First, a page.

Johnny Pesky batted for Lepcio and drew a base on balls. Billy Goodman pinch-hit for catcher Sammy White, but struck out. Clyde Vollmer (despite having hit a “very non-boisterous .083” in spring training) pinch-hit for Kinder and lined a single over the shortstop and into left field.1 Pesky stopped at second. Dom DiMaggio batted for himself. He hadn’t gotten the ball out of the infield his first four times up, but this time he singled off Joost’s glove and into left field and drove in Pesky. Philadelphia’s lead was down to 4-2.

At this point Roland “Tex” Hoyle came in to relieve Hooper. Hoyle was making his major-league debut.

With the count 3-and-2, Piersall doubled off the left-field wall, scoring Vollmer with DiMaggio on third. It was now a one-run game.

Harry Byrd replaced Hoyle. The first thing he did was to intentionally walk Lenhardt to load the bases and set up a force play at any base, as well as the possibility of a double play. Gene Stephens ran for Lenhardt. Batting next was Vern Stephens, and the Athletics got a force out when Stephens hit a “slow dribbler” to the left of the mound.2 The ball wasn’t hit that sharply, however, and the only play was to second base. Gene Stephens was out, but DiMaggio scored and the game was tied, 4-4.

There were runners on first and third, now with two outs. Walt Dropo grounded out, short to first.

The fans still at Fenway got to see some bonus baseball. Not everyone was around to see the comeback. Joe Cashman of the Boston Daily Record explained, “A few thousand of the customers, not yet acquainted with the fact that the current Fenway flock have a manager and a host of players who don’t know when they’re licked, walked out after eight innings when our heroes were trailing 1-4 and seemed to be completely mesmerized by Bob Hooper.”3

Bill Wight pitched for the Red Sox in the top of the 10th. He got groundout after groundout after groundout. Three up/three down.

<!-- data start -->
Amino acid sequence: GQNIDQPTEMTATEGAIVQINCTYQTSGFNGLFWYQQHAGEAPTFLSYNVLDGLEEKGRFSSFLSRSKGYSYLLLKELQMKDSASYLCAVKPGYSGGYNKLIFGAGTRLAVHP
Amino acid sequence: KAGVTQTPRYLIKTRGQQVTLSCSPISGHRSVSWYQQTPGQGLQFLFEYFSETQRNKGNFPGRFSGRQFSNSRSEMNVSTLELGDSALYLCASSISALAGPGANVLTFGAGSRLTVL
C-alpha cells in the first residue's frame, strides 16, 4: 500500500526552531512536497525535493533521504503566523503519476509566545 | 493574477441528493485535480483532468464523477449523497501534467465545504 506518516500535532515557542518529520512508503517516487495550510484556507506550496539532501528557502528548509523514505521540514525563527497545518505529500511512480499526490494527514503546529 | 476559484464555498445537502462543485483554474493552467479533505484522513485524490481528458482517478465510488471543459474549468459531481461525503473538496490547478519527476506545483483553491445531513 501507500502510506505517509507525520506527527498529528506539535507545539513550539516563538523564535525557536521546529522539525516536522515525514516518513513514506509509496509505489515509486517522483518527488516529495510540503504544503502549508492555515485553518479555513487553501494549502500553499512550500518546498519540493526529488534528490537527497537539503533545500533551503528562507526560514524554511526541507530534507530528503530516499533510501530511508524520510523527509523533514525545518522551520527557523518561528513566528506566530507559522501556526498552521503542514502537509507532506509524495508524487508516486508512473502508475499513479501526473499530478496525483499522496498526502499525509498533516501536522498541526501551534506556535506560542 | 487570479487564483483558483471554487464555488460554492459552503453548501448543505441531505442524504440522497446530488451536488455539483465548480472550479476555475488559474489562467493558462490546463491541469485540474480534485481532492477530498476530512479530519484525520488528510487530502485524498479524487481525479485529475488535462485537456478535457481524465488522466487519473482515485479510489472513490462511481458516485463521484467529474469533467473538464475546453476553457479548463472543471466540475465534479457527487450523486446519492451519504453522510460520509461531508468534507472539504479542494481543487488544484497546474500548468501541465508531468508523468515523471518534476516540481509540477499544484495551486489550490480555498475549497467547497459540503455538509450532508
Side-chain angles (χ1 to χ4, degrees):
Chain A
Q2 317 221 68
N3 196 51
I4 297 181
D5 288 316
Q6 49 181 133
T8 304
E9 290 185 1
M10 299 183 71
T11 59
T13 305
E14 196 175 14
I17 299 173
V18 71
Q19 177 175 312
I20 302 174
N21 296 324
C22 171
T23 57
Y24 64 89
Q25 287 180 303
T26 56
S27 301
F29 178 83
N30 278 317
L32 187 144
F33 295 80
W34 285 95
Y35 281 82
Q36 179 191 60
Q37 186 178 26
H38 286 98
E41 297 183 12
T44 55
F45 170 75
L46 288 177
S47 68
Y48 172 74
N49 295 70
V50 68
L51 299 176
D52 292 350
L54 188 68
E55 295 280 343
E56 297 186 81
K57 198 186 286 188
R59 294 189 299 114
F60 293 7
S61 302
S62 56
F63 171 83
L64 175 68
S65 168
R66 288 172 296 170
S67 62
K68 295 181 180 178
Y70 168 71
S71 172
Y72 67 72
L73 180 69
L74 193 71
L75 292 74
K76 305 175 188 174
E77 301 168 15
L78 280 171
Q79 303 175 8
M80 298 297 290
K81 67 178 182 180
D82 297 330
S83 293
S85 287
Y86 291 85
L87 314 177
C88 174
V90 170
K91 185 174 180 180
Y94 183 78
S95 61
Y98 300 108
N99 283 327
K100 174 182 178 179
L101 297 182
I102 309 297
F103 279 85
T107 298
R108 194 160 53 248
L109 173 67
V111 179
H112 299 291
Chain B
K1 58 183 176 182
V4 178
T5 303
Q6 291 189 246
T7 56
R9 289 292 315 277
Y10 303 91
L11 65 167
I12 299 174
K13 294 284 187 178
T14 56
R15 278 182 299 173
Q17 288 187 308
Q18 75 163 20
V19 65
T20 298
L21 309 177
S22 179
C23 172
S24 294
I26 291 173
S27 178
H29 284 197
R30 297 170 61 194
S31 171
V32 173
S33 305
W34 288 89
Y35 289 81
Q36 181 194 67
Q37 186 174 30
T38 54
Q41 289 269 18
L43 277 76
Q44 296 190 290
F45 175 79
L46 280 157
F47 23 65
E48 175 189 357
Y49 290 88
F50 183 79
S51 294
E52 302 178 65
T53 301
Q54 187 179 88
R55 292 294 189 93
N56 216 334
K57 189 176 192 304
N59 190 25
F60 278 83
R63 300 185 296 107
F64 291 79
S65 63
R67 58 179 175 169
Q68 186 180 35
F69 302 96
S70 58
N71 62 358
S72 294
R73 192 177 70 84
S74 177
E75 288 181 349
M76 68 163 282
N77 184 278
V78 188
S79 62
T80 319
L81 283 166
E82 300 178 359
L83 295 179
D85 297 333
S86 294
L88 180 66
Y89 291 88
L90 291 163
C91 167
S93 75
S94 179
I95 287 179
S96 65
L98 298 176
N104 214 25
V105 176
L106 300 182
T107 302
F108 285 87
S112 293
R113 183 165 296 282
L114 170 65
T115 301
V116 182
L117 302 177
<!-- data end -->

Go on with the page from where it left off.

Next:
In the bottom of the inning, Byrd walked the leadoff batter for Boston, Faye Throneberry. Gus Niarhos, who had come in to catch, tried to sacrifice but bunted foul for a third strike. Billy Goodman singled to left, Thoneberry moving up 90 feet. Vollmer — who’d come into the game to pinch-hit in the ninth — lined a single to left field, easily driving in Throneberry and winning the game.4

Bill Wight was the winner. Byrd was the losing pitcher.

The game had attracted 12,338. It lasted a long 3 hours and 10 minutes.

Scarborough was without a decision in this game, of course. He was 1-5 for the Red Sox in 1952 until his contract was purchased by the New York Yankees on August 22. His record over the remainder of the season with the Yankees was the exact opposite: 5-1, with a 2.91 ERA. He pitched in Game One of the 1952 World Series.

The Yankees finished the season in first place, two games ahead of the Indians. The 79-75 Athletics finished fourth. The Red Sox (76-78) finished sixth.



In addition to the sources cited in the Notes, the author consulted and



1 Clif Keane, “Vollmer’s Single in 10th Gives Sox 5-4 Win over A’s,” Boston Globe, April 19, 1952: 4.

2 F.C. Matzek, “Bench-Riding Vollmer Lifts Sox to 10-Inning Triumph,” Providence Journal, April 19, 1952: 8.

3 Joe Cashman, “Vollmer’s Hit in 10th Gives Sox 5-4 Edge,” Boston Daily Record, April 19, 1952: 17. 19.

4 Vollmer’s late-inning heroics in the previous season had earned him the sobriquet “Dutch the Clutch.”

Additional Stats

Boston Red Sox 5
Philadelphia Athletics 4
10 innings

Fenway Park
Boston, MA


Box Score + PBP: